mundane

adjective
mun·​dane | \ ˌmən-ˈdān How to pronounce mundane (audio) , ˈmən-ˌdān \

Definition of mundane

1 : of, relating to, or characteristic of the world
2 : characterized by the practical, transitory, and ordinary : commonplace the mundane concerns of day-to-day life

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Other Words from mundane

mundanely adverb
mundaneness \ ˌmən-​ˈdān-​nəs How to pronounce mundaneness (audio) , ˈmən-​ˌdān-​ \ noun
mundanity \ ˌmən-​ˈdā-​nə-​tē How to pronounce mundanity (audio) \ noun

Choose the Right Synonym for mundane

earthly, worldly, mundane mean belonging to or characteristic of the earth. earthly often implies a contrast with what is heavenly or spiritual. abandoned earthly concerns and entered a convent worldly and mundane both imply a relation to the immediate concerns and activities of human beings, worldly suggesting tangible personal gain or gratification worldly goods and mundane suggesting reference to the immediate and practical. a mundane discussion of finances

Examples of mundane in a Sentence

On him, a mundane navy blazer looked like an Armani dinner jacket; around him, a dusky locker room became the chandeliered lobby of the Savoy. — Curry Kirkpatrick, ESPN, 19 Mar. 2001 How did our ancestors pass from the mundane activity of counting to the concept of 'number' in the abstract, devoid of any particular collection of objects to label? — John D. Barrow, Pi in the Sky, 1992 They decided on buttock tattoos, rather than the more mundane engagement ring, because a tattoo is permanent. You can always pawn a ring. — Mike Royko, Chicago Tribune, 25 Aug. 1988 The day began with the mundane business of getting my white chiffon dress shortened … — Lady Bird Johnson, January 14, 1964, in A White House Diary1970 mundane chores, like washing dishes They lead a pretty mundane life. prayer and meditation helped her put her mundane worries aside
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Recent Examples on the Web Knowing that life and death hang in the balance of seemingly mundane choices is a heavy weight to bear. Julie Beck, The Atlantic, "Just Because You Can Doesn’t Mean You Should," 30 June 2020 Batting practice and such will no longer be mundane but especially meaningful. Robert Avery, Houston Chronicle, "Aside from some discomfort, Acosta all but recovered from serious hand injury," 30 June 2020 Still, thousands of them continued to fly back and forth between the U.S. and their home countries, for weddings or funerals—or for work assignments or to get mundane paperwork taken care of. Olivia Carville, Bloomberg.com, "Thousands Stranded, Families Separated After Trump H-1B Decree," 30 June 2020 Her vivid descriptions make even mundane settings come alive, including the bustle of a competent wait staff during a busy restaurant dinner shift. Joan Gaylord, The Christian Science Monitor, "‘How is your novel going?’ A young woman writer’s struggle.," 29 June 2020 For now, the components that the AI is tasked with making are pretty mundane. Daniel Oberhaus, Wired, "NASA’s New Moon-Bound Space Suits Will Get a Boost From AI," 29 June 2020 However, the museum became aware that human remains may be lurking among more mundane items tucked away in their archaeological archives. Debra Utacia Krol, The Arizona Republic, "Tribes' human remains and cultural items have been scattered across the U.S. Here's how they get returned," 27 June 2020 Or the explanation could be more mundane: the xenon could merely be contaminated with tritium—a heavier form of hydrogen whose natural radiation could have muddied the signal seen at XENON1T. Dan Falk, Scientific American, "Is Dark Matter Made of Axions?," 23 June 2020 But the county was not equipped to process a large number of payments quickly, and allocation was slowed from issues as mundane as emails being sent to spam and applicants incorrectly filling out parts of their application. Adrienne Roberts, Detroit Free Press, "Millions in grants is available for small businesses. But time is running out.," 22 June 2020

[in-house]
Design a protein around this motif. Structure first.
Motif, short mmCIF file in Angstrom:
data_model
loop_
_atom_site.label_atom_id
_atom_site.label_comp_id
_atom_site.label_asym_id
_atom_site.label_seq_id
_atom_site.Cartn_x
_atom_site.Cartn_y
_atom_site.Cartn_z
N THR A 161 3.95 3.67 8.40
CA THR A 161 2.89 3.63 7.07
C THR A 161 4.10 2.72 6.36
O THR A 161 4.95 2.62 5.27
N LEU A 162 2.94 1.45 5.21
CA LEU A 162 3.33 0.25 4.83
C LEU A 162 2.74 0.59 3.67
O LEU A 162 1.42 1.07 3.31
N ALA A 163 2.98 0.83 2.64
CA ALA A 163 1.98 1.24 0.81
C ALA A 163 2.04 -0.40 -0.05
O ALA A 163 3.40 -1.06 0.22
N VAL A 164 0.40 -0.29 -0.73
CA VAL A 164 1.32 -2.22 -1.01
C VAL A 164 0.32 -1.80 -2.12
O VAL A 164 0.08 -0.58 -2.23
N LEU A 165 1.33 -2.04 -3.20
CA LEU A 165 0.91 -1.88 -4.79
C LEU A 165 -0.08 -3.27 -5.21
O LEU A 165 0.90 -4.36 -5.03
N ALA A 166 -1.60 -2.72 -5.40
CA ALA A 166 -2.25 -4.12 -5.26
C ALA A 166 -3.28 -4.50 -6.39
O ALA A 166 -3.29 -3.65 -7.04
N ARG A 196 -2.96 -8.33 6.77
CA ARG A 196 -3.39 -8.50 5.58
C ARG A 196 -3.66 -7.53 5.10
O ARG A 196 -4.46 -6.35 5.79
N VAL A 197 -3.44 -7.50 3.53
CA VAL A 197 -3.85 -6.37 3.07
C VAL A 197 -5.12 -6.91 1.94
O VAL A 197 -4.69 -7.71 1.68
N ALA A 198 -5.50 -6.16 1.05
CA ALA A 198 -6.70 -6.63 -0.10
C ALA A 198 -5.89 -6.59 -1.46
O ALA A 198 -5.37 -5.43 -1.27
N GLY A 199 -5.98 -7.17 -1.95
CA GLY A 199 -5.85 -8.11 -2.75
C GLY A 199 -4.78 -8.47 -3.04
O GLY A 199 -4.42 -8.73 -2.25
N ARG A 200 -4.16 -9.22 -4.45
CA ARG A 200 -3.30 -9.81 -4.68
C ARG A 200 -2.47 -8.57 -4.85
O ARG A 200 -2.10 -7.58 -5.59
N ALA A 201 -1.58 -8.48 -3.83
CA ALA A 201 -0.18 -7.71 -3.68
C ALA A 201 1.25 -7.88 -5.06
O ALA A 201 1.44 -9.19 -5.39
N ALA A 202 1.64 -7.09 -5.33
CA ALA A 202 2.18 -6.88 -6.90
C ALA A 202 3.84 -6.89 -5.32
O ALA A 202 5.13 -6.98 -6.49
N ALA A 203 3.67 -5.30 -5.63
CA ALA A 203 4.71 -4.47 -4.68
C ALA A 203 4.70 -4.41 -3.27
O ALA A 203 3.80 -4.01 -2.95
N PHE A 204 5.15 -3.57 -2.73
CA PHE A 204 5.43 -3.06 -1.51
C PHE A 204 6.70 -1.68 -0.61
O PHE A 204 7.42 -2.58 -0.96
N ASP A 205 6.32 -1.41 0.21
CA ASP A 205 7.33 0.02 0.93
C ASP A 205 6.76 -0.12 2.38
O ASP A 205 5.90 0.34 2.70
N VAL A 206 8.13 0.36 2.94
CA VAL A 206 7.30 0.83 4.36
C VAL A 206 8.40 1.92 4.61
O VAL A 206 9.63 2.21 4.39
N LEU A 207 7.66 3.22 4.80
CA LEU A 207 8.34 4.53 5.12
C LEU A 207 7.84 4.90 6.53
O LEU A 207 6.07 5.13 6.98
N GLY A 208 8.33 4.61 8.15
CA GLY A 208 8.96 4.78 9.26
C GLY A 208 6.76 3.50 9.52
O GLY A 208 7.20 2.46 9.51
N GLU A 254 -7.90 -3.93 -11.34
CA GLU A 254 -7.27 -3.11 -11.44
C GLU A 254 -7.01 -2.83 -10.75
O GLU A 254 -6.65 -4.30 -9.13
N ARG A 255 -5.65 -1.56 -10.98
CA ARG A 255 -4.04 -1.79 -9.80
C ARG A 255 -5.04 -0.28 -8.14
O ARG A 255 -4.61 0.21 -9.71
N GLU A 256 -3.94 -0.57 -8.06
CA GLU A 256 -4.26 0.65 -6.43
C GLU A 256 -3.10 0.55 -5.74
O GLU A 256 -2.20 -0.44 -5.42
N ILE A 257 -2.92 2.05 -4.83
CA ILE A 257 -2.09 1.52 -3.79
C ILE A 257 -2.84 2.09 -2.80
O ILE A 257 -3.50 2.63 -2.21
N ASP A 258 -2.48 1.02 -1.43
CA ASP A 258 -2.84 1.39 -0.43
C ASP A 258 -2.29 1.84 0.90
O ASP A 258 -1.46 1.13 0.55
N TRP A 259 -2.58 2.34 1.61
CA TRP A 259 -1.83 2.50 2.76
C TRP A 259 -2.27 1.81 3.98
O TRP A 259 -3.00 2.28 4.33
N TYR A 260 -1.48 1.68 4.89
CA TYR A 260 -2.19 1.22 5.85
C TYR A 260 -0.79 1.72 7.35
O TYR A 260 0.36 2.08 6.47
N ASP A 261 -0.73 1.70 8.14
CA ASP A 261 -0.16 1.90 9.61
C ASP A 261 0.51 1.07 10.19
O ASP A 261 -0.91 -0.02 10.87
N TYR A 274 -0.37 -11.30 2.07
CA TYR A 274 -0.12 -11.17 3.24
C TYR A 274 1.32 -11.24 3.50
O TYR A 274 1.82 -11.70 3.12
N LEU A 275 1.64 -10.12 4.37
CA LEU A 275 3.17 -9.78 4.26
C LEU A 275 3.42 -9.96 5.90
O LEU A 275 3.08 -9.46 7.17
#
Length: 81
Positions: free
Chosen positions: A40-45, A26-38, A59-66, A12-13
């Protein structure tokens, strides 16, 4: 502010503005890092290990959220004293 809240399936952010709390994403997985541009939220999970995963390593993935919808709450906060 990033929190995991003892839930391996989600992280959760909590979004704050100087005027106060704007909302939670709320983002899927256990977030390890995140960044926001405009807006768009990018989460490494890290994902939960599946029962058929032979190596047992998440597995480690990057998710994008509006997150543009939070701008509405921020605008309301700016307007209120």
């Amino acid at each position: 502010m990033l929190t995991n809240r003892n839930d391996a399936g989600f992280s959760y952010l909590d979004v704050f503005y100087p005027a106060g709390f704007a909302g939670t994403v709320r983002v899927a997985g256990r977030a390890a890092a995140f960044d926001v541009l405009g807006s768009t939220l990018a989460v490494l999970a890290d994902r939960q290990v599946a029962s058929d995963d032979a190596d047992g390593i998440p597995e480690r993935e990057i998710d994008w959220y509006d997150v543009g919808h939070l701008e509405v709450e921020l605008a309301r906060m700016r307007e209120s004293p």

These example sentences are selected automatically from various online news sources to reflect current usage of the word 'mundane.' Views expressed in the examples do not represent the opinion of Merriam-Webster or its editors. Send us feedback.

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First Known Use of mundane

15th century, in the meaning defined at sense 1

History and Etymology for mundane

Middle English mondeyne, from Anglo-French mundain, from Late Latin mundanus, from Latin mundus world

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Time Traveler for mundane

Time Traveler

The first known use of mundane was in the 15th century

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Statistics for mundane

Last Updated

5 Jul 2020

Cite this Entry

“Mundane.” Merriam-Webster.com Dictionary, Merriam-Webster, https://www.merriam-webster.com/dictionary/mundane. Accessed 9 Jul. 2020.

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More Definitions for mundane

mundane

adjective
How to pronounce mundane (audio)

English Language Learners Definition of mundane

: dull and ordinary
: relating to ordinary life on earth rather than to spiritual things

mundane

adjective
mun·​dane | \ ˌmən-ˈdān, ˈmən-ˌdān \

Kids Definition of mundane

1 : dull and ordinary I helped with mundane tasks, like doing dishes.
2 : relating to ordinary life on earth rather than spiritual things

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More from Merriam-Webster on mundane

Thesaurus: All synonyms and antonyms for mundane

Spanish Central: Translation of mundane

Nglish: Translation of mundane for Spanish Speakers

Britannica English: Translation of mundane for Arabic Speakers

Comments on mundane

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